I have heard stories of near bike on bike collisions due to this.
    So if your light batteries are out, and I’m yelling at you “Lights buddy, Lights” please understand it’s all out of love!

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    Nick's Family February 5, 2007 at 9:02 pm

    Nick’s family and friends very much appreciate the comments on this site about Nick. Thank you all !!!

    A funeral Mass for Nick is going to be held at Holy Family Catholic Church, at S.E. 39th and Flavel St. at 1:30 p.m. this Friday (Feb. 9).

    Donations can be made to the Bicycle Transportation Alliance in Nick Bucher’s memory. Here is a link to the site for more information: http://www.bta4bikes.org/support/specialgifts.php

    A celebration of Nick’s life will be held at 8 p.m. on Monday (Feb. 12), at the Hawthorne Stage, at S.E. 39th and Hawthorne.

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    Garlynn February 5, 2007 at 9:26 pm

    One further note about bike lights… even when you have them, they do run out of batteries, and most often when you’re away from home and not in a position to just pull over, buy new ones, and continue with the ride (or if you use rechargeables, you’ll just finish the ride & recharge at home).

    Dunno that this was necessarily the case in this particular situation, but the thought has crossed my mind on more than one occasion that the risk factor just about doubles as the light coming out the front of the bike slowly fades from white… to yellow… to nothing.

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    Nate February 5, 2007 at 11:00 pm

    Okay, I’m family. From what I understand from witnesses, police, and others…

    Nick signaled before he made the turn. The car was going about 40, I don’t know if the headlights were on or off. He was not wearing a helmet, it would not have made a difference. When the car stopped, Nick hit a tree. He died at the hospital.

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    Dabby February 6, 2007 at 12:00 am

    Having been a cyclist in this town for longer than I care to remember, this tragedy strikes deep inside of me.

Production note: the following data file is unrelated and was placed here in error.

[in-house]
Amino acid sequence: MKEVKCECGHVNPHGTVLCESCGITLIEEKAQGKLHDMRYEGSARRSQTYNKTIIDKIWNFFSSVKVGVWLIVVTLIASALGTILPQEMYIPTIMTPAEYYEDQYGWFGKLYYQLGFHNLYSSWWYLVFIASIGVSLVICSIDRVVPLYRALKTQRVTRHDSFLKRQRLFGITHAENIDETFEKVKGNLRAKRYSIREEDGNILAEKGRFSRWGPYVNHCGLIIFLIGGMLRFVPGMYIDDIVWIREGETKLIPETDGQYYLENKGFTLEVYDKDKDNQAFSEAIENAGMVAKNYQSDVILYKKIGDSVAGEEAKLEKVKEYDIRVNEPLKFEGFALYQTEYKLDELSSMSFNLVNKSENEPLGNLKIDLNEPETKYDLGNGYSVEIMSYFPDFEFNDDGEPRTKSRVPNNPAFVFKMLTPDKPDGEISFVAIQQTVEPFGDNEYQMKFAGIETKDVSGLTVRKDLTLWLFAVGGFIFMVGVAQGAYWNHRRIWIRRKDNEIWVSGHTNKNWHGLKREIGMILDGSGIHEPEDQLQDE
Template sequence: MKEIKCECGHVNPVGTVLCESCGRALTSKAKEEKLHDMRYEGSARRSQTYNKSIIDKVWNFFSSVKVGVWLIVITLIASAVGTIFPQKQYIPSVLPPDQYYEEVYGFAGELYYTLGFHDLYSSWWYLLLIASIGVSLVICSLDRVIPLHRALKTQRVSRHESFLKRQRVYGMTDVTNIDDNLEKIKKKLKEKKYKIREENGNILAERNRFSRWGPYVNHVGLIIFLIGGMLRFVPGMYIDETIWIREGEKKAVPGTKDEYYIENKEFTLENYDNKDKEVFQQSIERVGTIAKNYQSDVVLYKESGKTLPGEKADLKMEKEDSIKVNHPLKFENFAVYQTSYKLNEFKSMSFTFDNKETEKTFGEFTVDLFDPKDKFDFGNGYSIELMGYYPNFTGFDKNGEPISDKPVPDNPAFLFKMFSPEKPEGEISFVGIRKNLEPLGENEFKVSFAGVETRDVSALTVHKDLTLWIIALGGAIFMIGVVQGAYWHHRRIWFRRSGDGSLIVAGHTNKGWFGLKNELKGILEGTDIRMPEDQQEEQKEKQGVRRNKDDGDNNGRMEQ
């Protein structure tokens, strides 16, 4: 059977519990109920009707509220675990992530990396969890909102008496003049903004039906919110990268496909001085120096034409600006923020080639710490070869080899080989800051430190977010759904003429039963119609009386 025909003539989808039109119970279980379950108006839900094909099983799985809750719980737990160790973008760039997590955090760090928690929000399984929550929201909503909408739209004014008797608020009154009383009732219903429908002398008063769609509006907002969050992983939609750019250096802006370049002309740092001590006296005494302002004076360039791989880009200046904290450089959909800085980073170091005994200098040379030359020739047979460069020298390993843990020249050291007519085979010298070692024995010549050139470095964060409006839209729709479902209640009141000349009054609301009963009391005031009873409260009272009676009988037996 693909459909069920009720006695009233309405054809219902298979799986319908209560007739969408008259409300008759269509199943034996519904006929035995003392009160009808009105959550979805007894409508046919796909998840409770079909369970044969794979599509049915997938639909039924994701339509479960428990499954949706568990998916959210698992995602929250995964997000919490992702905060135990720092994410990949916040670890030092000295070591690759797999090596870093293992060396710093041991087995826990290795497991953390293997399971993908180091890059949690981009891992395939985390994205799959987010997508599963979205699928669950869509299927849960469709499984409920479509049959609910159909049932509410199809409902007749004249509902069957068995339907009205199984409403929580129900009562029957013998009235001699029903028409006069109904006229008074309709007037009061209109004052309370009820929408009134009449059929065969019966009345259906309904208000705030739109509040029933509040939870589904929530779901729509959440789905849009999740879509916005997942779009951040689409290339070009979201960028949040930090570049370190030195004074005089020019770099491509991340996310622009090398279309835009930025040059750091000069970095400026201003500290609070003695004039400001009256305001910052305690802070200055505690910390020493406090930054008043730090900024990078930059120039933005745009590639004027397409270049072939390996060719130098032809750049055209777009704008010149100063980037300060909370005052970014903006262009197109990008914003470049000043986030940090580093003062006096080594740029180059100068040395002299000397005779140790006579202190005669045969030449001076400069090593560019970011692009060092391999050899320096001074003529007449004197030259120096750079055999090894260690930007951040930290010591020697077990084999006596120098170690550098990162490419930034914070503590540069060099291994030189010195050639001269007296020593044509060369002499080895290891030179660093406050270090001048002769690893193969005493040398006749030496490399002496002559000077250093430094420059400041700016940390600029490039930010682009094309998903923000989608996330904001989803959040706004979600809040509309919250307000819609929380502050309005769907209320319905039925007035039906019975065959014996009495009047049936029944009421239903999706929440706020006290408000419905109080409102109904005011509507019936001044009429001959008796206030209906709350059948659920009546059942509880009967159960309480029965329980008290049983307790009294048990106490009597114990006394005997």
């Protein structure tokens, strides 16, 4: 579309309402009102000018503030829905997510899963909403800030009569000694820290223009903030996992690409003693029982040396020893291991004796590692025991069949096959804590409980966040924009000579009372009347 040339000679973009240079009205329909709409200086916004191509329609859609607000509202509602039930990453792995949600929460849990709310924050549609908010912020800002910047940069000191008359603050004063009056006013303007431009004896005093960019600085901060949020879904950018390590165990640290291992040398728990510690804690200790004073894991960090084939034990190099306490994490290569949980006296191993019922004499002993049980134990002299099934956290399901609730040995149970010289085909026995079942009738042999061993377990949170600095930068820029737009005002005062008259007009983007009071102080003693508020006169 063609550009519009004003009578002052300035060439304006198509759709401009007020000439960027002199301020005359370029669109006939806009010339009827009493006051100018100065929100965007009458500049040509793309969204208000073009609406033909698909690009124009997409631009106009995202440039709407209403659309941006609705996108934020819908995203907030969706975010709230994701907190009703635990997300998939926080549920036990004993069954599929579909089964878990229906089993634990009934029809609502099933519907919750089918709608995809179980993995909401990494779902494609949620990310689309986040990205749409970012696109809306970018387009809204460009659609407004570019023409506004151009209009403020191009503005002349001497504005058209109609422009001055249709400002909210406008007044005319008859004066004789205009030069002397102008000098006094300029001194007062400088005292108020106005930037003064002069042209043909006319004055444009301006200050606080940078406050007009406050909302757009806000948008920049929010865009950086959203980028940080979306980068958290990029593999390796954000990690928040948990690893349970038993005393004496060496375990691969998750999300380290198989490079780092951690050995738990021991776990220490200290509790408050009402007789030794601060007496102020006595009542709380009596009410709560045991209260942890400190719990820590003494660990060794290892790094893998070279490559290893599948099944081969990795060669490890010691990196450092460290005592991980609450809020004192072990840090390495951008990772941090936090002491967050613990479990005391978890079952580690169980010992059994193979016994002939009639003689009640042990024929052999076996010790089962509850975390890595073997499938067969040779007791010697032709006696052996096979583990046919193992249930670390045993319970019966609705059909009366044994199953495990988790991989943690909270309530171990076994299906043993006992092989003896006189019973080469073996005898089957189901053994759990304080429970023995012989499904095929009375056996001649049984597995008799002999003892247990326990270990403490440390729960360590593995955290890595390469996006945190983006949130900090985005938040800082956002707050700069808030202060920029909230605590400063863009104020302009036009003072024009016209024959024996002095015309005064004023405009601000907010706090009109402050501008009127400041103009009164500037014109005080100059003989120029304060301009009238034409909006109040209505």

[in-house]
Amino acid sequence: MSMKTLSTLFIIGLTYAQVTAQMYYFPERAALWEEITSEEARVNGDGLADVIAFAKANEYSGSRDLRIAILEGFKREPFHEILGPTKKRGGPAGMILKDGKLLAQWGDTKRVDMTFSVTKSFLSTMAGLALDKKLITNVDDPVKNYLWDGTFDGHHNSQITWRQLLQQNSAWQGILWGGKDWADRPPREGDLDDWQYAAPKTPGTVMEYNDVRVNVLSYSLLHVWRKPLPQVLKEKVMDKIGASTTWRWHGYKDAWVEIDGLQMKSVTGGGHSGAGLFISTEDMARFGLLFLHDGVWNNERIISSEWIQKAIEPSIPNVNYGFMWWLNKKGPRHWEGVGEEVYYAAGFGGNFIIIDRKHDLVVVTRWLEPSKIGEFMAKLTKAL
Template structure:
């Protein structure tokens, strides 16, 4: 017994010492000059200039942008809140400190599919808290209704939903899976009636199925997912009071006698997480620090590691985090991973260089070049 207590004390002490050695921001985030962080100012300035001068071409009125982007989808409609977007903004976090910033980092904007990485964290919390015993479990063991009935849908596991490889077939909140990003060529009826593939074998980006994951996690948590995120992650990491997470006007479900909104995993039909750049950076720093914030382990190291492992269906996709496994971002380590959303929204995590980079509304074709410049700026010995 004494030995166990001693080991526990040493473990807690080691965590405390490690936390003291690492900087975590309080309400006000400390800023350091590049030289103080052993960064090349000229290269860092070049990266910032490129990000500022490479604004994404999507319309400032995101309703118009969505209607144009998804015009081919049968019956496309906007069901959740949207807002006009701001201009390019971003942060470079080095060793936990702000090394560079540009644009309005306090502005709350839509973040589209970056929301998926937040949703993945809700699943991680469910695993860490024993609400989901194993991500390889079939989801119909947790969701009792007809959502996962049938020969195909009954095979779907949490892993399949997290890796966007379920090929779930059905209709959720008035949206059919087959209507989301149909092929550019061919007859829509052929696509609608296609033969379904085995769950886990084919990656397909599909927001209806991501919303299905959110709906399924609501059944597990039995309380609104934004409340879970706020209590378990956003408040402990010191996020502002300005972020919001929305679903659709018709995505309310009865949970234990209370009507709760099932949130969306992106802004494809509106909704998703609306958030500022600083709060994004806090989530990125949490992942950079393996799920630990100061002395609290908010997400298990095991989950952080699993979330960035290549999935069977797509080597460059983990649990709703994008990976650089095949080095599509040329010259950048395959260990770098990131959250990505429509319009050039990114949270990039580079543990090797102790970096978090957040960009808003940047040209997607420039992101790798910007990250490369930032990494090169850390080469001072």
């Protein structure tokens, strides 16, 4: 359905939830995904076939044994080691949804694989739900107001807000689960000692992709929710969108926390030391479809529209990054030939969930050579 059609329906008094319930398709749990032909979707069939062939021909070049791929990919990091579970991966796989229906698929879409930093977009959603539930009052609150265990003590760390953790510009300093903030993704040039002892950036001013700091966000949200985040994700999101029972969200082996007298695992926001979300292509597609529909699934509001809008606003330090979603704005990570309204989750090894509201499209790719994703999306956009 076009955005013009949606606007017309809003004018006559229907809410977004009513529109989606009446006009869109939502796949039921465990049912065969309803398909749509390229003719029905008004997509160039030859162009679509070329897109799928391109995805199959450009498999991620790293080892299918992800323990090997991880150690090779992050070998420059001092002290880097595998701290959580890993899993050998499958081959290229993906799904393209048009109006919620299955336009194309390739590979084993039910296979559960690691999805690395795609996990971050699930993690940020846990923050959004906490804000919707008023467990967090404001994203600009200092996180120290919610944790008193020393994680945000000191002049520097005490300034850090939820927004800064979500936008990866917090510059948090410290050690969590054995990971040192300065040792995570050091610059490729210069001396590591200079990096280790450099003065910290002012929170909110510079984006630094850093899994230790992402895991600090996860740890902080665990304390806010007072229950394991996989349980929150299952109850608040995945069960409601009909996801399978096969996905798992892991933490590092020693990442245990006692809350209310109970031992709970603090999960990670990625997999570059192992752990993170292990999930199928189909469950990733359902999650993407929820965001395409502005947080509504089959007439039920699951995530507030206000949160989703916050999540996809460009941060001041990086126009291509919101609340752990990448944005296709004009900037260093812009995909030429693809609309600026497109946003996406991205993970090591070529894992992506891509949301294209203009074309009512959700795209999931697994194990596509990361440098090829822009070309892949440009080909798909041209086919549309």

I consider any cyclist, male or female, to be a kind of brother, or long lost relative you never knew you had, until they ride by you.
    I had a very rough Saturday afternoon.
    After reading about this, I was drawn to the messenger memorial website, where my old best friend, and a number of my good friends, names are listed.
    I felt the need, and did, call friends on the telephone, to talk. I needed the support.
    I hope I never have to hear about something like this again…….

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    Dave T February 6, 2007 at 10:34 am

    A Suggestion for Cyrus:
    (or Bike Penance)

    Suspend the driver’s license for a year plus one month for each mph above the posted limit.
    Buy a bike, a helmet, and lights. And Use Them.

    I want to raise the awareness between bikers and drivers …

    … what do you think?

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    tonyt February 6, 2007 at 10:51 am

    Dave,

    While I’m all for penance like you mentioned for minor infractions, this case demands MUCH more serious punishment.

    Driver’s License – GONE – For life.

    Jail – Um, how about 10 years.

    In general, I’m of the belief that when we stop treating crashes like “accidents” it will go a long way to enforce the notion that when you are behind the wheel, you darn well need to be careful and should drive like your LIFE depended on it.

    Very rarely is it an “accident.” Most often it’s willful negligence, or criminal disregard for the law.

    I have a feeling that most people are more careful when they handle a knife than when they drive a car.

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    tonyt February 6, 2007 at 11:08 am